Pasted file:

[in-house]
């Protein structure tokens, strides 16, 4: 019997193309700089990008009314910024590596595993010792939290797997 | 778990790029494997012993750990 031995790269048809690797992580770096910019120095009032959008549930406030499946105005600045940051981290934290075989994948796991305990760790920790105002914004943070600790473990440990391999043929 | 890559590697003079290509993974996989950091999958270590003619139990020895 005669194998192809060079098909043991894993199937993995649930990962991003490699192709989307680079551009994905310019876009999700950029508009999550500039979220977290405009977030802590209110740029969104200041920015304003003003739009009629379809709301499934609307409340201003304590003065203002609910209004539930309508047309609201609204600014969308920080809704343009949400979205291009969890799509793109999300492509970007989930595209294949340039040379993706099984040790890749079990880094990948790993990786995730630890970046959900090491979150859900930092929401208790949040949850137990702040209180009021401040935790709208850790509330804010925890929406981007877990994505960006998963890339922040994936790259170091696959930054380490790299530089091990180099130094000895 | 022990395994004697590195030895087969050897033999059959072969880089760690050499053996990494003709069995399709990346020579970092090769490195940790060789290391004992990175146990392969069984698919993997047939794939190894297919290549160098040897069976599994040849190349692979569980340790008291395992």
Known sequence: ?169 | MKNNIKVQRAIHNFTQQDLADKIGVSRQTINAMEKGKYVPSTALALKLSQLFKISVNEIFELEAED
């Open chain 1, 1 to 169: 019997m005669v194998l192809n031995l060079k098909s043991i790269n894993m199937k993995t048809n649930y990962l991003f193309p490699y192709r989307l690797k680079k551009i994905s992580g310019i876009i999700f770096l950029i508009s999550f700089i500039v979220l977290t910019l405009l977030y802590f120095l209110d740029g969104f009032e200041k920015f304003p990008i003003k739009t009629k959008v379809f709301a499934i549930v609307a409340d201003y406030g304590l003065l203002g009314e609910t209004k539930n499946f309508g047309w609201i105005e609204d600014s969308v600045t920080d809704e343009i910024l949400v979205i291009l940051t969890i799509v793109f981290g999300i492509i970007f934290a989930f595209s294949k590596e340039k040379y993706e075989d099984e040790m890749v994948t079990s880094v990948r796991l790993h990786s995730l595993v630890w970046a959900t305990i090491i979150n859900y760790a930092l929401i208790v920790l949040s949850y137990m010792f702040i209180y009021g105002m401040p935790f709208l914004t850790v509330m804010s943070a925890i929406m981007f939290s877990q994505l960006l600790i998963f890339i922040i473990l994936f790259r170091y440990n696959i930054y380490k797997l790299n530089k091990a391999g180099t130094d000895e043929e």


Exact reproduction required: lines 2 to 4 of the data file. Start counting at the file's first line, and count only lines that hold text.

């Protein structure tokens, strides 16, 4: 019997193309700089990008009314910024590596595993010792939290797997 | 778990790029494997012993750990 031995790269048809690797992580770096910019120095009032959008549930406030499946105005600045940051981290934290075989994948796991305990760790920790105002914004943070600790473990440990391999043929 | 890559590697003079290509993974996989950091999958270590003619139990020895 005669194998192809060079098909043991894993199937993995649930990962991003490699192709989307680079551009994905310019876009999700950029508009999550500039979220977290405009977030802590209110740029969104200041920015304003003003739009009629379809709301499934609307409340201003304590003065203002609910209004539930309508047309609201609204600014969308920080809704343009949400979205291009969890799509793109999300492509970007989930595209294949340039040379993706099984040790890749079990880094990948790993990786995730630890970046959900090491979150859900930092929401208790949040949850137990702040209180009021401040935790709208850790509330804010925890929406981007877990994505960006998963890339922040994936790259170091696959930054380490790299530089091990180099130094000895 | 022990395994004697590195030895087969050897033999059959072969880089760690050499053996990494003709069995399709990346020579970092090769490195940790060789290391004992990175146990392969069984698919993997047939794939190894297919290549160098040897069976599994040849190349692979569980340790008291395992």
Known sequence: ?169 | MKNNIKVQRAIHNFTQQDLADKIGVSRQTINAMEKGKYVPSTALALKLSQLFKISVNEIFELEAED
């Open chain 1, 1 to 169: 019997m005669v194998l192809n031995l060079k098909s043991i790269n894993m199937k993995t048809n649930y990962l991003f193309p490699y192709r989307l690797k680079k551009i994905s992580g310019i876009i999700f770096l950029i508009s999550f700089i500039v979220l977290t910019l405009l977030y802590f120095l209110d740029g969104f009032e200041k920015f304003p990008i003003k739009t009629k959008v379809f709301a499934i549930v609307a409340d201003y406030g304590l003065l203002g009314e609910t209004k539930n499946f309508g047309w609201i105005e609204d600014s969308v600045t920080d809704e343009i910024l949400v979205i291009l940051t969890i799509v793109f981290g999300i492509i970007f934290a989930f595209s294949k590596e340039k040379y993706e075989d099984e040790m890749v994948t079990s880094v990948r796991l790993h990786s995730l595993v630890w970046a959900t305990i090491i979150n859900y760790a930092l929401i208790v920790l949040s949850y137990m010792f702040i209180y009021g105002m401040p935790f709208l914004t850790v509330m804010s943070a925890i929406m981007f939290s877990q994505l960006l600790i998963f890339i922040i473990l994936f790259r170091y440990n696959i930054y380490k797997l790299n530089k091990a391999g180099t130094d000895e043929e």